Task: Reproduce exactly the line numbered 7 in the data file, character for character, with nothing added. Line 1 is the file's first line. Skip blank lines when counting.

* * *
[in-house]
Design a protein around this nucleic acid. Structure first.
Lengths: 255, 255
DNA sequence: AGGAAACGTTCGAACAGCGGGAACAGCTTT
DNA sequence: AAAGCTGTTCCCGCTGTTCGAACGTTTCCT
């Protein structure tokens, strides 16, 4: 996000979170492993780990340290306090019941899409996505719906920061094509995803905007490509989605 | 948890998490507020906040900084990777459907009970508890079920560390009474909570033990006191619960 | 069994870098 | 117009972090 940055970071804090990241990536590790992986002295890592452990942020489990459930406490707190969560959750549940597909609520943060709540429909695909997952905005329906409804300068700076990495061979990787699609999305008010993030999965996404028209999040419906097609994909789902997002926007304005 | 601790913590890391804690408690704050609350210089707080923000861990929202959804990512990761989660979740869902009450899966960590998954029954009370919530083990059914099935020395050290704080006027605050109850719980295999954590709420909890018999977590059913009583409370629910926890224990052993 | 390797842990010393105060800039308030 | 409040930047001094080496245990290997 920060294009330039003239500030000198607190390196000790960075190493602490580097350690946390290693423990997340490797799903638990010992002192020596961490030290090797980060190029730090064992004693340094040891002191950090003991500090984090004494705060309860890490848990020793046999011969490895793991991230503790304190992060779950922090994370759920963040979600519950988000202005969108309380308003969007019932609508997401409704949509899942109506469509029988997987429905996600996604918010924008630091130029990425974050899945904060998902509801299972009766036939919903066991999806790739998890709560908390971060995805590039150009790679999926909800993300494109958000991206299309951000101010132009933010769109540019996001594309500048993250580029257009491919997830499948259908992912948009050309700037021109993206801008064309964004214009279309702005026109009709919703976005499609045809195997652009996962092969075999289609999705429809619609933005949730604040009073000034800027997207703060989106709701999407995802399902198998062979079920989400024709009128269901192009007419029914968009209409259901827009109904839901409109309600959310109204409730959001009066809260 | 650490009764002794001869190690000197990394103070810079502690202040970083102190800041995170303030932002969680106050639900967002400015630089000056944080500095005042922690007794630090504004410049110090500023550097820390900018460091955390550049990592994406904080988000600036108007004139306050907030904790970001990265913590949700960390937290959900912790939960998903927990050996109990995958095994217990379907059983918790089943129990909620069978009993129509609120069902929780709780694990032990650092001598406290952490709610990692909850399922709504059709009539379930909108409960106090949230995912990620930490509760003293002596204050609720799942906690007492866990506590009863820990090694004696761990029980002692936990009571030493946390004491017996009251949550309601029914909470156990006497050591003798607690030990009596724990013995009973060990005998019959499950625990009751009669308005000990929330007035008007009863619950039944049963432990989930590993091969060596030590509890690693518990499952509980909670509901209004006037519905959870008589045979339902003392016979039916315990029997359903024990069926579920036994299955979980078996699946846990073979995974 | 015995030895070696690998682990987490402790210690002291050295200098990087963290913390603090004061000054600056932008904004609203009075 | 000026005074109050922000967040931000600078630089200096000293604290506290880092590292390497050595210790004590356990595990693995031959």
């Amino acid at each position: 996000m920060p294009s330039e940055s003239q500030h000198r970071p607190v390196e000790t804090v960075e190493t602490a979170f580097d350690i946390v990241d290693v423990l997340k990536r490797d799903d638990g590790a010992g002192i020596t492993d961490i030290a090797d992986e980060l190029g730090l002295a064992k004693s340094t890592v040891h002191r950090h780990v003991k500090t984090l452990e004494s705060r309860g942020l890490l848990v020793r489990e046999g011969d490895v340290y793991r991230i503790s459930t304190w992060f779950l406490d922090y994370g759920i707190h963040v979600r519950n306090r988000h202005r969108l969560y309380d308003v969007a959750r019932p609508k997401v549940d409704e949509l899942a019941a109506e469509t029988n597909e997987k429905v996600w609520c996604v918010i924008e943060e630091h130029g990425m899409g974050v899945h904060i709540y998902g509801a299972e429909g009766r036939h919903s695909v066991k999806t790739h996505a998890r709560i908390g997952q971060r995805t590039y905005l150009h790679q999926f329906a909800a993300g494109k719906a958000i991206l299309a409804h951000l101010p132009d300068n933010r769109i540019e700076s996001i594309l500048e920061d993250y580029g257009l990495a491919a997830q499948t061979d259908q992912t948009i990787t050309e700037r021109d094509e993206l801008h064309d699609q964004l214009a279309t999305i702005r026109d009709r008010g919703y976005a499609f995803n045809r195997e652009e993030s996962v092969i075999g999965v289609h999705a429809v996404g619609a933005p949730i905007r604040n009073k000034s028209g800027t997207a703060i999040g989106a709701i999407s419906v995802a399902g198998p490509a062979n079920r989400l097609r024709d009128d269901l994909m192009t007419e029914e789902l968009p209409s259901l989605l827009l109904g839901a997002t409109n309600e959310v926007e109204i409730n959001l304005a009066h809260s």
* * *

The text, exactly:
């Amino acid at each position: 996000m920060p294009s330039e940055s003239q500030h000198r970071p607190v390196e000790t804090v960075e190493t602490a979170f580097d350690i946390v990241d290693v423990l997340k990536r490797d799903d638990g590790a010992g002192i020596t492993d961490i030290a090797d992986e980060l190029g730090l002295a064992k004693s340094t890592v040891h002191r950090h780990v003991k500090t984090l452990e004494s705060r309860g942020l890490l848990v020793r489990e046999g011969d490895v340290y793991r991230i503790s459930t304190w992060f779950l406490d922090y994370g759920i707190h963040v979600r519950n306090r988000h202005r969108l969560y309380d308003v969007a959750r019932p609508k997401v549940d409704e949509l899942a019941a109506e469509t029988n597909e997987k429905v996600w609520c996604v918010i924008e943060e630091h130029g990425m899409g974050v899945h904060i709540y998902g509801a299972e429909g009766r036939h919903s695909v066991k999806t790739h996505a998890r709560i908390g997952q971060r995805t590039y905005l150009h790679q999926f329906a909800a993300g494109k719906a958000i991206l299309a409804h951000l101010p132009d300068n933010r769109i540019e700076s996001i594309l500048e920061d993250y580029g257009l990495a491919a997830q499948t061979d259908q992912t948009i990787t050309e700037r021109d094509e993206l801008h064309d699609q964004l214009a279309t999305i702005r026109d009709r008010g919703y976005a499609f995803n045809r195997e652009e993030s996962v092969i075999g999965v289609h999705a429809v996404g619609a933005p949730i905007r604040n009073k000034s028209g800027t997207a703060i999040g989106a709701i999407s419906v995802a399902g198998p490509a062979n079920r989400l097609r024709d009128d269901l994909m192009t007419e029914e789902l968009p209409s259901l989605l827009l109904g839901a997002t409109n309600e959310v926007e109204i409730n959001l304005a009066h809260s």